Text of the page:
‘ICE out of California’

What happens to ICE detainees currently in the jail remains an open question

America Martinez lights candles at an altar for children impacted by zero-tolerance border policies.

America Martinez lights candles at an altar for children impacted by zero-tolerance border policies.

Starting July 1, the Sacramento County Sheriff’s Department will no longer be in the business of incarcerating undocumented immigrants.

The Board of Supervisors on June 5 voted 3-2 against indefinitely extending a relationship between the federal government and the Sheriff’s Department, a deal that pays $100 per day for each detainee held in a county jail. In its proposal to continue the arrangement, the Sheriff’s Department budgeted for $6.6 million in revenue for 2018-19. With opposing votes from District 1 Supervisor Phil Serna, District 2 Supervisor Patrick Kennedy and District 5 Supervisor Don Nottoli, advocates celebrated the board’s close decision.

“This is something that really speaks to Sacramento values,” said Carlos Montes-Ponce, community organizer with Sacramento Area Congregations Together. Sacramento ACT is one of several organizations pushing back against the presence of Immigration and Customs Enforcement, or ICE.

“They made the right decision,” Montes-Ponce said. “They made the moral decision.”

In 2017, California passed three laws barring local police forces from cooperating with ICE. These included Senate Bill 54, which prevents state and local law enforcement officials from keeping undocumented immigrants longer than their initial offenses permit, and prohibits new contracts like that between the county and ICE.

Sacramento Sheriff Scott Jones, a vocal critic of those laws, hosted a contentious forum before their passage that featured acting ICE Director Thomas Homan.

This past March, Jones traveled to Washington, D.C. for a White House meeting that included Homan, Attorney General Jeff Sessions and President Donald Trump. Without presenting evidence, Jones told the president of “spectacular failures every single day around California” resulting in the release of “criminals that are going to go out and … victimize other folks—that we’re unable to capture, apprehend and keep detained for deportation.”

Last Wednesday, June 20, activists rallied outside Robert T. Matsui Courthouse, where the first hearing associated with Sessions’ lawsuit against the state was taking place. Two men held a large, yellow banner with “ICE out of California” painted in black. Another group held a banner that said “Undocumented and unafraid,” as three ICE officers watched the scene. A petite elderly woman warmed by a lace shawl chanted with the rally cries in Spanish.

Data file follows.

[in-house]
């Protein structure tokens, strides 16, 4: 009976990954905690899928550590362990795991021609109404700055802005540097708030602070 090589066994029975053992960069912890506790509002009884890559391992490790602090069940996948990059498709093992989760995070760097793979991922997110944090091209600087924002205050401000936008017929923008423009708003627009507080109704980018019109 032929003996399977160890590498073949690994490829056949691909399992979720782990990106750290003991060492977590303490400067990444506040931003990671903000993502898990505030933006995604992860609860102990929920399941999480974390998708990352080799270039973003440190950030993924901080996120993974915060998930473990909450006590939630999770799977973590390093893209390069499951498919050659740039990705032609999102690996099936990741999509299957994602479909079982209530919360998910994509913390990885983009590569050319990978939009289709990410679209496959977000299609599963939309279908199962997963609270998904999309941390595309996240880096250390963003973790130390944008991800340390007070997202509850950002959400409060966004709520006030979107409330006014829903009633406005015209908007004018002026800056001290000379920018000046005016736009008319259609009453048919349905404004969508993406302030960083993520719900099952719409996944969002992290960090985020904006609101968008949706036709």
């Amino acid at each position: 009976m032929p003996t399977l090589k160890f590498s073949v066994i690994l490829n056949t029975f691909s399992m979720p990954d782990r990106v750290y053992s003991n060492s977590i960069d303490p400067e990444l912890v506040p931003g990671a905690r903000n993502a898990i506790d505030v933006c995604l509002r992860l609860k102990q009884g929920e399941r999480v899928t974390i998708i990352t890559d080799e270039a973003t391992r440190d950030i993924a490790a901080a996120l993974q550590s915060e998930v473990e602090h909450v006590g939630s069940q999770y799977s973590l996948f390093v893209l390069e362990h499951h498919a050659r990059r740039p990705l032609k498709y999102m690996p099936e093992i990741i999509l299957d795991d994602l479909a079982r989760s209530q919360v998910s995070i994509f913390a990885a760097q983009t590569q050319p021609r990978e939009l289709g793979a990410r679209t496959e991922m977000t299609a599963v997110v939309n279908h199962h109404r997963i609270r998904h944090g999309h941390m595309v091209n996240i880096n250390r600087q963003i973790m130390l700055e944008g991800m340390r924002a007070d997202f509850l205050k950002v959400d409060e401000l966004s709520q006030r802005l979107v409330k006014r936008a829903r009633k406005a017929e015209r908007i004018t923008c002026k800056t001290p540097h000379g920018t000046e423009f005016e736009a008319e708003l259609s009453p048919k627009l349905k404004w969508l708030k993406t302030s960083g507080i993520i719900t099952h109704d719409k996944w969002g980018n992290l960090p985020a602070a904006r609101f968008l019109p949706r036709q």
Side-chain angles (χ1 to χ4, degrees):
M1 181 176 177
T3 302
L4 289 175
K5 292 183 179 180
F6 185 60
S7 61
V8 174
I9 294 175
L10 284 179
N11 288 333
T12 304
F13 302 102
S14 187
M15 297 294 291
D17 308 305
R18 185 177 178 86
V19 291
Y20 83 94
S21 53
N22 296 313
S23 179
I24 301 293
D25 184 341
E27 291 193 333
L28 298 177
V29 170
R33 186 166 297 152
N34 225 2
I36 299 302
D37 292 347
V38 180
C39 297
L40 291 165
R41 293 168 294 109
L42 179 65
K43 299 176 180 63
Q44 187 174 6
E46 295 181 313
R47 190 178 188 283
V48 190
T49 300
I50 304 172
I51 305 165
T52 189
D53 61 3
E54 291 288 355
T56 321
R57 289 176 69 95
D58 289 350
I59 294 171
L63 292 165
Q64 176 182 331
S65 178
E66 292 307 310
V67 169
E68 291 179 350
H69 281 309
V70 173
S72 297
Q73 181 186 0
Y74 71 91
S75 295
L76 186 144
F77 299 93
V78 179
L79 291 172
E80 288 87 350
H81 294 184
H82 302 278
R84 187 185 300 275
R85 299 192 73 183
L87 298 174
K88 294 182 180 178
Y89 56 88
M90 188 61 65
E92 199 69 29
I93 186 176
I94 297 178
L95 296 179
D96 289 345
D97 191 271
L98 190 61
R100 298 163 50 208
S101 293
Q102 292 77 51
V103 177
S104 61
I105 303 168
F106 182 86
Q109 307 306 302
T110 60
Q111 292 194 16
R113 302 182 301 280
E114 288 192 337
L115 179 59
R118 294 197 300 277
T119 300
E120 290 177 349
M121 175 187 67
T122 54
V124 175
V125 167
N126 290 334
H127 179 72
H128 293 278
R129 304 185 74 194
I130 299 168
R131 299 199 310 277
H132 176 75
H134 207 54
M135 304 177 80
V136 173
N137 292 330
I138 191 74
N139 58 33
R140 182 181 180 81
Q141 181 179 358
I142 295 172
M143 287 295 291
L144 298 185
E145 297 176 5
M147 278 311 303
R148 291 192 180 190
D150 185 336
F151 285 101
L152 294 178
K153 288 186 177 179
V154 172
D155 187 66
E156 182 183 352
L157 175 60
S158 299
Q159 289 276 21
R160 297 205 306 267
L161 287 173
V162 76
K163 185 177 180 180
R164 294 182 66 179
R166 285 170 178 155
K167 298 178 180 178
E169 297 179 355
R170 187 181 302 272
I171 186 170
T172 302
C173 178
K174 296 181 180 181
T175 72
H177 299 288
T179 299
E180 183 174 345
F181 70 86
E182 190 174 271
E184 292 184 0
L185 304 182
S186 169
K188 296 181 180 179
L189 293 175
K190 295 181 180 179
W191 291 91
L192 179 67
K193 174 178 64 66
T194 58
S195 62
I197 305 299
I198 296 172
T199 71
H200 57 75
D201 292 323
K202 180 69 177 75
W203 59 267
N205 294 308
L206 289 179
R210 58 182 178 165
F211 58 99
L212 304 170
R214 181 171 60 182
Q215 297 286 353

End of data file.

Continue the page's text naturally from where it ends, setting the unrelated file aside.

Sen. Kevin de León, who authored SB 54, spoke alongside immigrants and activists.

“We have a message for Jeff Sessions and for President Trump,” de León said. “Whether you like it or not, we don’t support Jeff Sessions’ values here.”

Around 100 protesters attended a Monday rally at an ICE office on Capitol Mall to protest the administration’s zero-tolerance policy that has led to thousands of children being taken from their parents. Americans who were forced into Japanese internment camps during World War II spoke of their experiences being imprisoned as children.

While Trump signed an executive order last week reversing his administration’s practice of family separation, protests continue, with marches set for Saturday in cities nationwide around the theme, Families Belong Together & Free. The local rally will begin at 10 a.m. at 650 Capitol Mall.

When the Sheriff’s Department first made a deal with the federal government in 2000, detainees were kept in the downtown jail as they awaited deportation or worked through their appeals. After the contract was renewed in 2013, they began being housed at Rio Cosumnes Correctional Center in Elk Grove.

Detainees have long complained of problems with the facilities, where, they say, they were packed into cramped cells with very little time outside, and had to bathe in toilet water. A man became quadriplegic after he attempted suicide. Another wrote “They treat us like animals” in one of 20 letters sent to SN&R in 2015 (see “Inside the Sacramento jail’s Guantanamo Bay,” December 31, 2015).

“We’ve been very concerned with the treatment of people at this facility for years,” said Rebecca Merton, independent monitor for Freedom for Immigrants, which works to end immigration detention. “We’ve heard countless stories of abuses.”

Lori K. Haley, a communications director for Department of Homeland Security/ICE, said in an email that ending this contract could hurt detainees, who may be moved further from family and lawyers.

In Susan Lange’s experience visiting RCCC for the past five years, many of them don’t have visitors frequently, if at all. Lange speaks with unguarded delight when discussing the Faithful Friends—Amigos Fieles, a visitation group affiliated with the Freedom for Immigrants Visitation Network. She never expected to become a political advocate when she agreed to participate with members of her church.

“I started out thinking it was a nice thing to do,” she said. “But I really have changed my attitude through the years because of the conditions and abuse at Rio Cosumes. … I realized that I’m not going in there just to talk with people and make them feel good they had a conversation, but I’m going in there to be in solidarity with them.”

She’d like to see the men released under supervision into the communities they were living in, to continue working through their appeals, rather than be moved to detention centers out of state.

“ICE may have to depend on its national system of detention bed space to place those detainees in locations farther away from Sacramento,” Haley’s email stated.